In the past few days, I have been faced with inner conflict. No, it’s not very serious inner conflict, like telling someone if they have something in their teeth or not or shall you go to the post office on Monday or Tuesday? when you really don’t want to go at all. But my inner conflict is still thought-provoking and I have set out on an experiment to sort that out.
The conflict: How do I
feel about Alice in Wonderland?
I suppose this is the
moment where my mother would dramatically (but good naturedly) roll her eyes
and tell me that some people have real problems. And I agree whole-heartedly. But this is an issue I’ve been mulling over
day after day, sometimes in the car, but mostly when I am traveling along the
wooden-floored hallway of my family’s home in Savoy. Yes, this is a hallway problem.
Like countless numbers
of adults across the world, I grew up with and have very fond memories of
Disney movies, except perhaps one which always made me feel kind of…odd. Even now as I think about the 1951 animated
version of Alice in Wonderland, I get
an uncomfortable feeling, like something is stuck in my throat or there’s a
piece of dust in my eye or something crawling down my back.
I think we need to go
back to the beginning first, to where this conflict began.
Exactly a week ago
today, a very good friend of mine asked me if one evening during the week, I
would like to come visit her and watch Tim Burton’s 2010 version of Alice in Wonderland. Absolutely! I said. Tim Burton’s Alice in Wonderland was wonderful and I loved it immensely and
after the first time I saw it, I spent months after thinking of it, researching
it, and writing about it. I saw it in
theaters a total of four times. And that
Tuesday evening, we had a fantastic time re-watching the film, accompanied by
tall glasses of chocolate milkshakes and great big amounts of Goldfish.
And just like the very
first time, three years ago, I began to think about the film again and what I
liked so much about it. I wanted to
learn so much more about it and I decided…why not read the original books?
I don’t know exactly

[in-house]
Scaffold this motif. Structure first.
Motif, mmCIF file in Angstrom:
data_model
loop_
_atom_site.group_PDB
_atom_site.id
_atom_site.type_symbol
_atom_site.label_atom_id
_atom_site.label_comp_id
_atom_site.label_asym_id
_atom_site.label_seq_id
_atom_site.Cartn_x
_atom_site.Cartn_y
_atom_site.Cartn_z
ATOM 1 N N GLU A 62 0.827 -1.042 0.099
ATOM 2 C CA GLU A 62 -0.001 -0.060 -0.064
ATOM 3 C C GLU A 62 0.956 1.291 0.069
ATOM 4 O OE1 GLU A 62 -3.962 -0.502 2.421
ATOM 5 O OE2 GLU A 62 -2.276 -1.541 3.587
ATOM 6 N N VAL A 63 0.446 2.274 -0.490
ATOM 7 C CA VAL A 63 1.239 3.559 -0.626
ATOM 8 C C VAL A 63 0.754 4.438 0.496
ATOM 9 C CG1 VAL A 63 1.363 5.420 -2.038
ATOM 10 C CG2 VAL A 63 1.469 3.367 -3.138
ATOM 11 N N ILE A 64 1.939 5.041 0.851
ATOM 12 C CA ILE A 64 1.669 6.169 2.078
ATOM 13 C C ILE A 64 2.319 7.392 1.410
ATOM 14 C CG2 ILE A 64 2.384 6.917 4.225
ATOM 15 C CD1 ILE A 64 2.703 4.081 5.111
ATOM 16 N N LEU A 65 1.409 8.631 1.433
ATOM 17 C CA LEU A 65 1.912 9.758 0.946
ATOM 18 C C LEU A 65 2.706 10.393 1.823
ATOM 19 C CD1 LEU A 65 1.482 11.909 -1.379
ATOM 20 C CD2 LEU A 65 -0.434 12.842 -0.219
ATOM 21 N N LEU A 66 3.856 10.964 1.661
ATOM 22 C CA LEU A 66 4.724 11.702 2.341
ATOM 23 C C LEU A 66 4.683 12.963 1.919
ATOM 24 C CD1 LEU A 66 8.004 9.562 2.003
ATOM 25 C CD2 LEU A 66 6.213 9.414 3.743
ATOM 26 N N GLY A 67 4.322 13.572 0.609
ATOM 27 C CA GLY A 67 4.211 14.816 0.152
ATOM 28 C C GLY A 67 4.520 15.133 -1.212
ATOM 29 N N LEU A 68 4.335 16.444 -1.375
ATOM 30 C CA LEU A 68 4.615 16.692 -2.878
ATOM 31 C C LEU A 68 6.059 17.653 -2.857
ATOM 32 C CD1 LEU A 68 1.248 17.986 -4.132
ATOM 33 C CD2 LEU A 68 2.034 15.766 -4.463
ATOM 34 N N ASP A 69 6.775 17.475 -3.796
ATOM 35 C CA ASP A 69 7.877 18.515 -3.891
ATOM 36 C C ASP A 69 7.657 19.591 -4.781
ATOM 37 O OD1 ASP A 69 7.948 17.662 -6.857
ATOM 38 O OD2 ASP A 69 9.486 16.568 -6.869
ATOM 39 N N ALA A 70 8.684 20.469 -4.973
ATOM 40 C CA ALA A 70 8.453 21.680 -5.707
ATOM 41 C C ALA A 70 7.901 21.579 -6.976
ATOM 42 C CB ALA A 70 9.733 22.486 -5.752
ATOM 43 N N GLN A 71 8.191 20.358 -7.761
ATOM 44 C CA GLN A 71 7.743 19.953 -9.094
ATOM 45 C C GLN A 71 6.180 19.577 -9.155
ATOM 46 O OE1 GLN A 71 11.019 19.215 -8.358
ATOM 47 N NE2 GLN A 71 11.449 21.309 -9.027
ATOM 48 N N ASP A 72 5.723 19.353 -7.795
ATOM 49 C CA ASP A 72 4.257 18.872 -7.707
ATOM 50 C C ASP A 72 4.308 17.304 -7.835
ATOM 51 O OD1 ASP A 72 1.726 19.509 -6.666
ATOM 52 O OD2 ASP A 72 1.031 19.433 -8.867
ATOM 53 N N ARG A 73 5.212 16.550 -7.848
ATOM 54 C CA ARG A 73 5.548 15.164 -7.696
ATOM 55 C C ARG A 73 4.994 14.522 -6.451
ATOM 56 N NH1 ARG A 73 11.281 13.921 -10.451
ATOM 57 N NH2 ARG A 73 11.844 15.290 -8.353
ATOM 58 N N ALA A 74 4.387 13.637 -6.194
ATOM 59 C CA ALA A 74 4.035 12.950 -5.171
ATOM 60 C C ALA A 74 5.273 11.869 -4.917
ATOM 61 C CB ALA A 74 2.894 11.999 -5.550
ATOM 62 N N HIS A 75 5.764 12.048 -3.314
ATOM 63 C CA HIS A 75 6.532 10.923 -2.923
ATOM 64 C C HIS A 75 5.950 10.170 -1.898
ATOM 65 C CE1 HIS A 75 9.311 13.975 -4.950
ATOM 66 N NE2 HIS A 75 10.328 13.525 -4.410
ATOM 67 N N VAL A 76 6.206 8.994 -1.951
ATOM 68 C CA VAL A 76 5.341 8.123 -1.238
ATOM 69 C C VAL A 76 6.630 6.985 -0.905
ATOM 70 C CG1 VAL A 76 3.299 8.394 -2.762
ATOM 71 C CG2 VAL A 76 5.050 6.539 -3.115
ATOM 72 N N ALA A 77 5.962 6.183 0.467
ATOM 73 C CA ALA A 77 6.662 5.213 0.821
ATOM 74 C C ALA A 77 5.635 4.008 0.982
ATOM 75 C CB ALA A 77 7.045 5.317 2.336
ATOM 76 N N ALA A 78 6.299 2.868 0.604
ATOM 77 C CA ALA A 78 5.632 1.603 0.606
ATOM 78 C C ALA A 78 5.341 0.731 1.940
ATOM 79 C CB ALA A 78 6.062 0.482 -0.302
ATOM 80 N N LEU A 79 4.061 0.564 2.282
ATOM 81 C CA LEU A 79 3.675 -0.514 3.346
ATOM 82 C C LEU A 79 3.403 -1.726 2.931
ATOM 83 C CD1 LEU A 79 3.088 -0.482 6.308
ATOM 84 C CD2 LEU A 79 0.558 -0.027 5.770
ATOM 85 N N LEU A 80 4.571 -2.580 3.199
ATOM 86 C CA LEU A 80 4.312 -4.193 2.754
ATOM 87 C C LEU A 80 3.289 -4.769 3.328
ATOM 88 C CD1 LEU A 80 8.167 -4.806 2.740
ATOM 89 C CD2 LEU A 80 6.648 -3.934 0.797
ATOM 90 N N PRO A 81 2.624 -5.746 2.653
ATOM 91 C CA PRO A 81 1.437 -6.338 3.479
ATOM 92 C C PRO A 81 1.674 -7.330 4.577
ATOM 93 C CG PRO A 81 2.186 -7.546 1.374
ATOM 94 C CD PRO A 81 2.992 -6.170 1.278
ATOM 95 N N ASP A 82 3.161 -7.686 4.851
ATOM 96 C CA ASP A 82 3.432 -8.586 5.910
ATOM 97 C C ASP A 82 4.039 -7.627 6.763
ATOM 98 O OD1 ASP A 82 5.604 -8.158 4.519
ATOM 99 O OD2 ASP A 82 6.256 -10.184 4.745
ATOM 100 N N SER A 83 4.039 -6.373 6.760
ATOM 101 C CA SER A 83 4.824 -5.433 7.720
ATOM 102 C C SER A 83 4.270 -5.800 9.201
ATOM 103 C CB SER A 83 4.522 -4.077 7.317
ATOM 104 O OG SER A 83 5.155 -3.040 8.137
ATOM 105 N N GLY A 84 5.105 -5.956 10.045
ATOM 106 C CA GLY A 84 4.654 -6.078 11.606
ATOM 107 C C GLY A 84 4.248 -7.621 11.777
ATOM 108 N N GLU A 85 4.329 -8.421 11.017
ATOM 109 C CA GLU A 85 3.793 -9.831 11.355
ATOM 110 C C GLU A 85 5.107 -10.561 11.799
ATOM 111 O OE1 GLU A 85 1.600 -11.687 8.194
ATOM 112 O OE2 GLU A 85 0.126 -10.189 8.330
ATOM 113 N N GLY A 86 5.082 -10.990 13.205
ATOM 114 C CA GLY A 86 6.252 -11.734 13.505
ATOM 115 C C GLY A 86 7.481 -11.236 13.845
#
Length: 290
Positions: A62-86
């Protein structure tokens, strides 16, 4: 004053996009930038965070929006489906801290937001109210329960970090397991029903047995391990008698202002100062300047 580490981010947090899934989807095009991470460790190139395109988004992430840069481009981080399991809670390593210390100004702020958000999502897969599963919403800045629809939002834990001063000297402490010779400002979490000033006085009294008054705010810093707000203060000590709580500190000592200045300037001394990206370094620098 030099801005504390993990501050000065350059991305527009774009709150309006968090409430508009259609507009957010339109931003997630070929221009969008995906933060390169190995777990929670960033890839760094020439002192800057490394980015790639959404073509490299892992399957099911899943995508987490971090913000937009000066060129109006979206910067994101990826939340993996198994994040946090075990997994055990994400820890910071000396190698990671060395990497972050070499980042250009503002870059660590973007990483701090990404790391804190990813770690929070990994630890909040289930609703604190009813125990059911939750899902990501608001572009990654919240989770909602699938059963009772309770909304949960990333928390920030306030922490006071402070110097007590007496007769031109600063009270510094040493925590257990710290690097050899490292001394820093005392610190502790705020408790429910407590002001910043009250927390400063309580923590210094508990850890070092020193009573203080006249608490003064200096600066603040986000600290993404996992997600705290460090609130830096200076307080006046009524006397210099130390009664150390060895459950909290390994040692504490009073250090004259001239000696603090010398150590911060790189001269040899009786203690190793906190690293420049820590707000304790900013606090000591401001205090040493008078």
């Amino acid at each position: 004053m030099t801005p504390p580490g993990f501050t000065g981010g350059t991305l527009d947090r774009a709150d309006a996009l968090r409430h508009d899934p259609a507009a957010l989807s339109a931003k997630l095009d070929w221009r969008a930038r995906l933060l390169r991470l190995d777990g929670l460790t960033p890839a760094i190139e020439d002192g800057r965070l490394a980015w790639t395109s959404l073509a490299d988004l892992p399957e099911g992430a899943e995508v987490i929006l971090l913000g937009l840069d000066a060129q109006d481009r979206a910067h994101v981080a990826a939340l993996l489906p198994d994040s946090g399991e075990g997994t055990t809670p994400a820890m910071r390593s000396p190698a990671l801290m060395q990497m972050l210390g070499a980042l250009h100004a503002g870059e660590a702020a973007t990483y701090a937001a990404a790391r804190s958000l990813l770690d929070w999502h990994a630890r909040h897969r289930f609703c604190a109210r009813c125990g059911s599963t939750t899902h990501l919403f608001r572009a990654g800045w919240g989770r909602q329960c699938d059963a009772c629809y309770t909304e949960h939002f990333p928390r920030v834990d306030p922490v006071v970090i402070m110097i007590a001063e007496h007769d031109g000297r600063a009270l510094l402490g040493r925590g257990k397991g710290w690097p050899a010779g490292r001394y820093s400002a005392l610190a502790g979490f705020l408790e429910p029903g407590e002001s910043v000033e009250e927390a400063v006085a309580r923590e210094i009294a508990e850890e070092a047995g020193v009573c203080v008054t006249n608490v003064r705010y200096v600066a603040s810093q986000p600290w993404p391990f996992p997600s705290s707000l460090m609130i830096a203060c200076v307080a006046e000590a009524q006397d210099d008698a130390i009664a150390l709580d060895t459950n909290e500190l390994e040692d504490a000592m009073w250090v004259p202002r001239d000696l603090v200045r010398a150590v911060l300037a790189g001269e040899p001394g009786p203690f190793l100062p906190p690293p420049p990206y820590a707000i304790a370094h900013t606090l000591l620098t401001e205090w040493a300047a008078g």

how it happened, but I think it began with a Wikipedia article on The Mad
Hatter. I saw original illustrations of
him and read a synopsis about his role in the original books and it brought
roaring memories back of the 1951 film (along with that uncomfortable I-just-stepped-on-a-tack
I have not seen the
animated version of Alice in Wonderland
since I was a very young child and yet, I still have strange memories of
it. And suddenly faced with these
remembrances, I was forced to compare it to the Tim Burton version that I loved
so much. So, here we go.
What I recalled from
the 1951 film was darkness everywhere, Alice crying, the creatures being quite
sarcastic towards her, a mean, smoking caterpillar, and walrus babies being eaten. I never, ever had an urge to visit Wonderland
and that was that. I never envied Alice
in the least.
And then there is the 2010
film, so filled with themes of friendship, courage, and hope. Believing in oneself! That is the Wonderland
that I would love to visit. Everyone
welcomed Alice back (at least, they did when they learned she was the “right”
Alice), there was nothing foreboding about that land, except maybe the Red Queen and the terrible
Jabberwocky, but that was to be expected.
And of course, there’s
the Mad Hatter. The only similarities
that I could see between 1951 animated Mad Hatter and 2010 Mad Hatter played by
Johnny Depp was that they both were mad, they were hatters, and they attended
tea parties. The 1951 Mad Hatter was
short, with white hair and evil-looking eyebrows and he seemed almost kind of
rude to Alice, if I remember right. He
poured tea into his collar and it came out of his sleeve and he had a large,
ridiculous three-spout tea pot. And that "Unbirthday Song!" That has wedged itself somewhere into my subconscious and I was surprised to find I still knew the words to it.
The 2010 Mad Hatter is Alice’s dear friend
who believed in her unconditionally. He
is obviously a little crazy, but we are given a back story so that we
understand exactly why he is the way he is.
I suppose he is a tad schizophrenic in a way, but he is brave, sweet, and loyal. And he is played by the phenomenal Johnny Depp and perhaps this is where I’m
a bit biased, since it seems I can’t help but unconditionally love any
character that Johnny Depp plays. There
is just more to this Mad Hatter. The animated Mad Hatter creeped me out, while
Johnny Depp’s Mad Hatter intrigued me.
And there it is, The
Inner Conflict. It dawned on me that Tim
Burton’s version suddenly seemed so incredibly different from the Disney movie
and Lewis Carroll’s original books that I almost decided not to read them. And yet…Tim Burton’s inspiration, as well as the
inspiration of the screenwriters, had to come from somewhere.
And so the experiment
begins! I ordered a copy of The Annotated Alice last night, which
includes Alice’s Adventures in Wonderland
and Through The Looking Glass, as
well as many notes and a treasure trove of background information.
I also ordered a book dealing with Alice
in Wonderland and philosophy. I find
now that I want to dig deeply into this world, that I’m excited to discover
something new and to make connections!
Who knows, maybe I can
shed that uncomfortable, itchy sensation I get when I think about the 1951 Alice in Wonderland. Perhaps I’ll be able to link The Mad
Hatters. What I hope is that I’ll be
able to find exactly what everyone else has found when they read the books: an
incredible world, child-like wonder, and a tale worth re-telling.